We already introduced charts briefly in the blog post Shop Administrator – A new Demo App for Layout, Charts and more. But since data visualization is such a hot topic, we thought we should dive deeper into this. In our Shop Administrator application, on the Statistics page of the app, we used two types of KPI charts:

The D3 charts are more flexible because they can manipulate any part of the DOM tree. Thus they can represent any shape you want but are harder to realize because you have to implement your own custom controls. In contrast, micro charts are easy to implement. And they make use of SAPUI5’s semantic color concept to illustrate error, critical, good and neutral states. We also used a block layout with dashboard design to arrange the charts in cells and rows.

Which of the two types of charts you can use also depends on whether you use SAPUI5 or OpenUI5 libraries. The micro charts are not part of OpenUI5. Therefore, if you open the Statistics page and the app does not find the sap.suite.ui.microchart library, it will load the D3 charts instead (note: until SAPUI5 1.44 is released, the micro charts version cannot be previewed, we will edit this post later and add a link).

Technically, we have two views: one implements the micro charts and the other the D3 charts, and in the controller of the statistics view, we have a try-catch statement to achieve the above behavior. If you like to have a look at the implementation, you can take a look at the source code of the Statistics Page Controller.

Micro Charts

Micro charts exist in various flavors, and each of them has a different visualization to show the data. Depending on what you want to show you can choose the one that suits you most. We used the following types in the Statistics page as you can see in the picture below:

The statistics page of the shop administrator showing micro charts

ComparisonMicroChart: Guess what? This chart’s aim is to give a quick view of compared values and some labels to give the pure values a little bit more meaning.

ColumnMicroChart: This is just like any other column chart: It compares different values which are represented as vertical bars.

AreaMicroChart: It is the most exciting chart of our collection: the AreaMicroChart. It shows a historical progress and consists of actual values, target values, thresholds and labels in combination with some colors.

RadialMicroChart: Here we have a single percentage value surrounded by a ring chart.

BulletMicroChart: This chart is a simple one: It displays an actual value compared to a target value.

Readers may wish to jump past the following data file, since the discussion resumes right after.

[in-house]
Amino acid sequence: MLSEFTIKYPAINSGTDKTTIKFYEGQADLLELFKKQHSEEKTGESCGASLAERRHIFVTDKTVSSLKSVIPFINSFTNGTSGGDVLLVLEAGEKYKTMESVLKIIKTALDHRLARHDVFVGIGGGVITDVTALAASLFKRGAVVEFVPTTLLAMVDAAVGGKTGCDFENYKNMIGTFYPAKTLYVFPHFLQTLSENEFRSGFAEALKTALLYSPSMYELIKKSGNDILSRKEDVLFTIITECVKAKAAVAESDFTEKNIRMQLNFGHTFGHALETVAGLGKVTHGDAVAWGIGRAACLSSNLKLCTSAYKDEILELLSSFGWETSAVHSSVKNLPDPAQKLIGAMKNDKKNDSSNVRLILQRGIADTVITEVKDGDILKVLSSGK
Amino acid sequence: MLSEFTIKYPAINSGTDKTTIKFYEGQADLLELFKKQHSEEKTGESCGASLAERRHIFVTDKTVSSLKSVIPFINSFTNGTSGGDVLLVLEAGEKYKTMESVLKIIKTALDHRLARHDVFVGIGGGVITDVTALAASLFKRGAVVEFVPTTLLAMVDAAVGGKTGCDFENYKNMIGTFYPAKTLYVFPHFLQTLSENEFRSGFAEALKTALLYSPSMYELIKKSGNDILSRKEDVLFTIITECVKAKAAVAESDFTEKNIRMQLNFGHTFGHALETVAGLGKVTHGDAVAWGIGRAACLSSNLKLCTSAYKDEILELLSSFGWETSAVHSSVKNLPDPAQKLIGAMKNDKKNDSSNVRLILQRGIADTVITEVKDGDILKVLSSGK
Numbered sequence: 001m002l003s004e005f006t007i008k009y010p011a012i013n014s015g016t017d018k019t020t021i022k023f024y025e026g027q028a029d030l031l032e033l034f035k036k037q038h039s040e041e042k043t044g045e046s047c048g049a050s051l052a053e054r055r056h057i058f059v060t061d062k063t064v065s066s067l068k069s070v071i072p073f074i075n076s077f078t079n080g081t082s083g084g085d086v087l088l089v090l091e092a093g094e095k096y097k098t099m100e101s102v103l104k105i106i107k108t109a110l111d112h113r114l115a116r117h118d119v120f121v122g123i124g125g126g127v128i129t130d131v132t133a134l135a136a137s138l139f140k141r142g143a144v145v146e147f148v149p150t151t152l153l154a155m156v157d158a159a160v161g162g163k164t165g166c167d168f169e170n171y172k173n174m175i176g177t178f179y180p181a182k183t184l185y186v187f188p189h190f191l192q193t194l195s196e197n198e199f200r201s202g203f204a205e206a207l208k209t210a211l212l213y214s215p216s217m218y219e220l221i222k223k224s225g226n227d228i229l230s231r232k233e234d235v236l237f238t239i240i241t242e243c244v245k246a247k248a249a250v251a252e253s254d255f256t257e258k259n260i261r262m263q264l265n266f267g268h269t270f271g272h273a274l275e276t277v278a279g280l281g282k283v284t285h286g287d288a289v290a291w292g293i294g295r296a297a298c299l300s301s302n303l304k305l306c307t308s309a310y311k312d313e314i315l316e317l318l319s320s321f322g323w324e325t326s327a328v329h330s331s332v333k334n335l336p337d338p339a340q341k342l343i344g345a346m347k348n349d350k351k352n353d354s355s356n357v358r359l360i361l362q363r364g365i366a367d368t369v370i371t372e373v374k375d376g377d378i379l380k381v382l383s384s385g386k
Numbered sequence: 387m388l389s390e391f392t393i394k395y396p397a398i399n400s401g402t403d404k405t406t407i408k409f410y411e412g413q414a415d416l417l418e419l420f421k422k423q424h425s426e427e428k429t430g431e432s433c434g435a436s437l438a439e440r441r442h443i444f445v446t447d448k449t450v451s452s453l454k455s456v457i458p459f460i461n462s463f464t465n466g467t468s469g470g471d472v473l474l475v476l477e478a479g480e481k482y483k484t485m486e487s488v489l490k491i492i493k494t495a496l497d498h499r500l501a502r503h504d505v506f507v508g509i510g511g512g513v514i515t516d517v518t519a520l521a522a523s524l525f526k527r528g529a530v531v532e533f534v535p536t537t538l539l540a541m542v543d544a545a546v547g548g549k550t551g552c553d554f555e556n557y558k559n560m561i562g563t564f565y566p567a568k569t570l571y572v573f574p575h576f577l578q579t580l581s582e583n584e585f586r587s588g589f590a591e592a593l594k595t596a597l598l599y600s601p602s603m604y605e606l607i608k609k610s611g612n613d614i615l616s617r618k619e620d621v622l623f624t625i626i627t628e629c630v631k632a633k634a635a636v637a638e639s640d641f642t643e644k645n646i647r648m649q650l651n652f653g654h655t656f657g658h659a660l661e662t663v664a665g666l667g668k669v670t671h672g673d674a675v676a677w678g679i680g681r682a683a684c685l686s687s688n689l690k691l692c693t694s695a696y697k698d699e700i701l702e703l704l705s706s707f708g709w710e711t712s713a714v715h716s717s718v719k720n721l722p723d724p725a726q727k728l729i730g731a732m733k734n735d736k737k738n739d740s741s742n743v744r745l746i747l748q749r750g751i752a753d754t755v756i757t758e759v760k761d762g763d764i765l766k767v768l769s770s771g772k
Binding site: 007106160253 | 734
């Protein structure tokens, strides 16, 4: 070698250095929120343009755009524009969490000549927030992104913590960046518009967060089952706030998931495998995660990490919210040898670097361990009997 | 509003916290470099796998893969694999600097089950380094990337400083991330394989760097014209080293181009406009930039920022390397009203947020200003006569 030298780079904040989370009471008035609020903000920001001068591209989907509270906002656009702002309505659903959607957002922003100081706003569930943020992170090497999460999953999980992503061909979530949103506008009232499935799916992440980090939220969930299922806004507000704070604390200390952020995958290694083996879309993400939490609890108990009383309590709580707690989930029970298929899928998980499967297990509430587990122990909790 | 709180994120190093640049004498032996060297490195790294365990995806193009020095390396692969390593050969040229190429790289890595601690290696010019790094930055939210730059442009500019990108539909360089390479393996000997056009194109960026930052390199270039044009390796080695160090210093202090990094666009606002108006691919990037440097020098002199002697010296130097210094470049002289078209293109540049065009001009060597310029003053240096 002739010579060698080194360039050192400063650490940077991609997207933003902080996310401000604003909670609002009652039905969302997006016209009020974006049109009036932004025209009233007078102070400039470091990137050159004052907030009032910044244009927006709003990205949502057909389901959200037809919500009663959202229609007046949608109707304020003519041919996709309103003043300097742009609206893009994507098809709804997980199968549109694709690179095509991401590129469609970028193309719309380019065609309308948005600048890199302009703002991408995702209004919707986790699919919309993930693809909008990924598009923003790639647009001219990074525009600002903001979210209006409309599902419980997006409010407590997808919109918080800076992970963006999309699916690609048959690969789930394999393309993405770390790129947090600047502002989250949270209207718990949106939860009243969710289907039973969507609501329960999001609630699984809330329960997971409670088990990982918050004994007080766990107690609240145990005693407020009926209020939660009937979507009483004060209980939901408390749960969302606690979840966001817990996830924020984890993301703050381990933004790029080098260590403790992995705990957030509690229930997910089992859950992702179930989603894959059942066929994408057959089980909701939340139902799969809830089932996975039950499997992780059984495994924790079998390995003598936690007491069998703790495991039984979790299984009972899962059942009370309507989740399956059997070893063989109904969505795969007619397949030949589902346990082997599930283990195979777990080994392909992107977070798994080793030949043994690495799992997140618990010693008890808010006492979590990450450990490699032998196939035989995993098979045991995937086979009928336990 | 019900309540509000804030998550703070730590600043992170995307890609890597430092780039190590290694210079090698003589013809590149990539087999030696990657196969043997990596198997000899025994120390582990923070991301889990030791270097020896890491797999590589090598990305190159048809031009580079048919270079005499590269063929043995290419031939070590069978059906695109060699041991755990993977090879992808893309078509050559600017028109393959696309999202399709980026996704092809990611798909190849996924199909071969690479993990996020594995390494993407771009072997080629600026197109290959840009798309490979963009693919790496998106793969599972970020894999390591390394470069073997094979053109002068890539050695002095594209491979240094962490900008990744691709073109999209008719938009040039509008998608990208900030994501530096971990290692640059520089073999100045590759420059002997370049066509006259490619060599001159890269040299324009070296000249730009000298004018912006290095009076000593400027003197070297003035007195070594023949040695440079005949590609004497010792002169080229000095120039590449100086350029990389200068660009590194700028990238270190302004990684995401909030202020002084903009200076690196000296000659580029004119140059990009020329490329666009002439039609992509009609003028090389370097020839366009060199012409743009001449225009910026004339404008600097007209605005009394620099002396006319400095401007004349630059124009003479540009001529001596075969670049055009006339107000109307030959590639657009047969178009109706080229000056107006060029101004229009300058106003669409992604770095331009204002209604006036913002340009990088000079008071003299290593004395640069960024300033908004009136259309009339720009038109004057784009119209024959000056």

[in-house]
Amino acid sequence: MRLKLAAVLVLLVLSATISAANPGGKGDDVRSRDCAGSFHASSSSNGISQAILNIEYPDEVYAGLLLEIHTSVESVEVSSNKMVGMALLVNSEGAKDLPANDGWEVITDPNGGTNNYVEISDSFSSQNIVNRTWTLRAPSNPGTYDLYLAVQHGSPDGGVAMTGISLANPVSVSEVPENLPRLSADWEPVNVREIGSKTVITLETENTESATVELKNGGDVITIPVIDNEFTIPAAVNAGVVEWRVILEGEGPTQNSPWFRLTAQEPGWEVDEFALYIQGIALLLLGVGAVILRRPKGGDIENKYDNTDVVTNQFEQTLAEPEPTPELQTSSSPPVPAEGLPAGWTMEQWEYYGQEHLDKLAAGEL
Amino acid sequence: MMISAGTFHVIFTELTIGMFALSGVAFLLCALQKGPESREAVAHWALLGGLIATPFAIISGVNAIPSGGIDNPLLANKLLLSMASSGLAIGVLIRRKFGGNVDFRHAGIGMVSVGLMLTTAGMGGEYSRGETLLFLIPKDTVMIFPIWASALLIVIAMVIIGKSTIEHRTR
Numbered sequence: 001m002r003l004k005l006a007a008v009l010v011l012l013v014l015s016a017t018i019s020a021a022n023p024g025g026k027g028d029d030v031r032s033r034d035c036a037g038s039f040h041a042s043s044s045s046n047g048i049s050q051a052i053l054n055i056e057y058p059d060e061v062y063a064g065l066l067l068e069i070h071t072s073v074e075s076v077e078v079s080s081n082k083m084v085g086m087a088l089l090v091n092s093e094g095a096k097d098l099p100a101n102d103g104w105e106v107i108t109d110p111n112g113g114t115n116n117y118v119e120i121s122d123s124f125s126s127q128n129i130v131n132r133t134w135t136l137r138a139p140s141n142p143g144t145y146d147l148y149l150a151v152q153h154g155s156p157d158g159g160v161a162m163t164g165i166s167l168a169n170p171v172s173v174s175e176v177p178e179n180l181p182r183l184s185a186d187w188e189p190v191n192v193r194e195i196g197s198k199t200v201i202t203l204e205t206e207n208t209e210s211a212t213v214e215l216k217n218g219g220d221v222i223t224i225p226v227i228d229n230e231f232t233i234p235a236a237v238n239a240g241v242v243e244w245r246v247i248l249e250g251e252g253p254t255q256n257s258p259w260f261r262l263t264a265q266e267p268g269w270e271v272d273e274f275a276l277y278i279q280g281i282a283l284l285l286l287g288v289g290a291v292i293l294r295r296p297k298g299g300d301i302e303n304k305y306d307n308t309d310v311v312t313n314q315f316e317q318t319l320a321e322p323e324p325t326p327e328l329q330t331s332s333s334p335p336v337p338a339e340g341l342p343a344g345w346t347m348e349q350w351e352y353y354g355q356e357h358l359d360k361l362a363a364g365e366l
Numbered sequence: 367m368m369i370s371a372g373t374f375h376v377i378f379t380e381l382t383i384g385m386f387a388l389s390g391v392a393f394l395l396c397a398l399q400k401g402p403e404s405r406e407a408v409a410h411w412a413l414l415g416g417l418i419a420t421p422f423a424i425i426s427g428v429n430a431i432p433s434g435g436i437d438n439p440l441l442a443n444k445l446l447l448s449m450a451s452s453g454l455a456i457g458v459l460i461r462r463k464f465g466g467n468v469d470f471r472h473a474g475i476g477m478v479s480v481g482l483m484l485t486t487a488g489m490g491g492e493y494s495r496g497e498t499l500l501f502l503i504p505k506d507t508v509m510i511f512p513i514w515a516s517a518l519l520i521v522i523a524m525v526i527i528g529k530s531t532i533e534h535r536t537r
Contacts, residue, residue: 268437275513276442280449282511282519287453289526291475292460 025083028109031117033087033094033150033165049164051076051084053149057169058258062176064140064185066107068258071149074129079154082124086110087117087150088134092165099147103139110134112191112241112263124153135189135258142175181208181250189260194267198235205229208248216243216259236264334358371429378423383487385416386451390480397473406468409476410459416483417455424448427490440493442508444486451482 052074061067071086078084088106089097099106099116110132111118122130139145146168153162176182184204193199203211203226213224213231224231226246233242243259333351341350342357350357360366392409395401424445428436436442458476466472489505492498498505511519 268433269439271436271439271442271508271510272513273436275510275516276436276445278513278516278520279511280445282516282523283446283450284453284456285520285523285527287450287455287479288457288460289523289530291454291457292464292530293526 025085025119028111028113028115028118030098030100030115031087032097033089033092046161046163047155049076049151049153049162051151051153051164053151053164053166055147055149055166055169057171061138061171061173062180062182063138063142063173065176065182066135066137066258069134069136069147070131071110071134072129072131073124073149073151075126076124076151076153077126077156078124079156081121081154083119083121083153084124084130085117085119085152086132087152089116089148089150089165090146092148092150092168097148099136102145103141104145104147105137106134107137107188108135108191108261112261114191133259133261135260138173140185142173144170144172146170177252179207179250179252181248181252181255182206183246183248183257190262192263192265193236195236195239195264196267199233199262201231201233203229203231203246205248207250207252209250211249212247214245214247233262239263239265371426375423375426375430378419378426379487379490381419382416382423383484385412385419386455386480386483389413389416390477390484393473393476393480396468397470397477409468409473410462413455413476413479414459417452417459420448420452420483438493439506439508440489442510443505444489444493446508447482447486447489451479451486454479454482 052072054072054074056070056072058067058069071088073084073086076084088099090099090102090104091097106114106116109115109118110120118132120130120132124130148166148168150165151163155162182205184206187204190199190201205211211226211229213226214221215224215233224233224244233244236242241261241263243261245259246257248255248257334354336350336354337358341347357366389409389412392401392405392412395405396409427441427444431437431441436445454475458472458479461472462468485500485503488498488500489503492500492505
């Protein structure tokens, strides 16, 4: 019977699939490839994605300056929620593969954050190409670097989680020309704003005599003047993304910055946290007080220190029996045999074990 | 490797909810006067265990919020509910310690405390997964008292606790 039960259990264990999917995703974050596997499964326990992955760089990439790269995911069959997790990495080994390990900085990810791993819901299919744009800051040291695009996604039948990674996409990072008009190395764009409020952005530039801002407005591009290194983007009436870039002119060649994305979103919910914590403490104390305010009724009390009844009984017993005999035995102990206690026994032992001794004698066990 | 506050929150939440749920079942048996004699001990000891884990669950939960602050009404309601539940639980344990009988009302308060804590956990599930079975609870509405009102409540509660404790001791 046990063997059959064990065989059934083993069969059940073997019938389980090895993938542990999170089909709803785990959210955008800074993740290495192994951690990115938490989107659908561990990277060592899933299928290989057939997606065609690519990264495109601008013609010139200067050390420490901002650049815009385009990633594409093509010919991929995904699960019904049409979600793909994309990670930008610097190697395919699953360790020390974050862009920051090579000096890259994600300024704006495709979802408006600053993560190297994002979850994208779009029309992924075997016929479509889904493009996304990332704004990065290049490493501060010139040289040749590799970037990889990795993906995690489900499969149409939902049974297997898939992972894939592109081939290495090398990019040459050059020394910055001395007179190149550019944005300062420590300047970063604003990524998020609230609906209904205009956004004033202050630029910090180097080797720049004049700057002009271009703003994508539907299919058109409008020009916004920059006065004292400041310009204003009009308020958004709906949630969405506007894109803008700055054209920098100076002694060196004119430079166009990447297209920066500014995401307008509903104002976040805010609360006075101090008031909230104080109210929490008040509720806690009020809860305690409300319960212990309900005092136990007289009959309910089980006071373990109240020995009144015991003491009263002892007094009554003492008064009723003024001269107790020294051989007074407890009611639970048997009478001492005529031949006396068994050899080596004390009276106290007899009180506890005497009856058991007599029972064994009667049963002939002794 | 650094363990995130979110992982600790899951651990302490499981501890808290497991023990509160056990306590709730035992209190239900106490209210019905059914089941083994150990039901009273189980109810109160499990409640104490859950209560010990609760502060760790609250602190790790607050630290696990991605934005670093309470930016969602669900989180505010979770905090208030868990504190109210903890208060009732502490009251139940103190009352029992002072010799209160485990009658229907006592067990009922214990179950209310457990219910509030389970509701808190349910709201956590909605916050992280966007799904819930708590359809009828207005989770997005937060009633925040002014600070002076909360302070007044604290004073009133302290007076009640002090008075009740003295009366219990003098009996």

HarveyBallMicroChart: The name of this chart could also be pie chart, because this is just what it is.

DeltaMicroChart: It represents the delta of two values.

If you like to read more about micro charts, here are two links to the documentation and the examples (in the search field enter the term “micro chart”)

D3 Charts

D3 charts are implemented with custom controls which create and render an empty div. Then we use d3.js to fill this div with the desired chart content. From the implementation side, we use the base class to extend the control class that contains the rendering mechanisms. All other custom controls inherit from this class.

Before we dive deeper into how this class works, we take a look at two concepts you surely want to know more about: the DOM and the control tree.

A UI5 application consists of XML views. When you run the app, it will parse the XML view and build the so-called “control tree” that contains the UI5 controls. It calls the renderer function for each of those and returns their HTML version. The DOM tree is placed inside the body of the HTML page. Later any change that occurs at one of those controls will force your application to recalculate and build the DOM tree.

Back to the base class: The base class initializes the control in the init function, renders it in the renderer function, and then puts it inside a div element. In the onAfterRendering function, the actual chart is being drawn.

The statistics page of the shop administrator showing D3 charts

We have implemented three D3 charts: column chart, comparison chart and pie chart. You can download the app at our Demo Apps page.

That’s it! You see how easy it is to get your data visualized and make dry facts appealing. We hope that you enjoyed our little trip into the realms of UI5-charts. Stay tuned for our next UI5ers Buzz with more news straight from the SAPUI5/OpenUI5 lab.

How are we doing? Let us know by leaving a comment here or contacting us in the slack channel.

Previous Post: UI5ers Buzz #03


Sylvia and Ayham

Sylvia is a UI5 developer and Scrum Master at SAP and she loves working with the latest technologies. Her passion is agile software engineering principles and knowledge exchange with other developers.


Ayham is an OpenUI5 developer. His interests are developing Web applications using cutting edge technologies. He is not limited to software development but also experienced with networks.


To report this post you need to login first.

1 Comment

You must be Logged on to comment or reply to a post.

  1. Fatih Pense

    Thanks! Having nice charts is one of the most requested features in a dashboard. Improvement in this space is important. Also combining UI5 with the flexibility of D3 is a good idea.

    Best regards,



Leave a Reply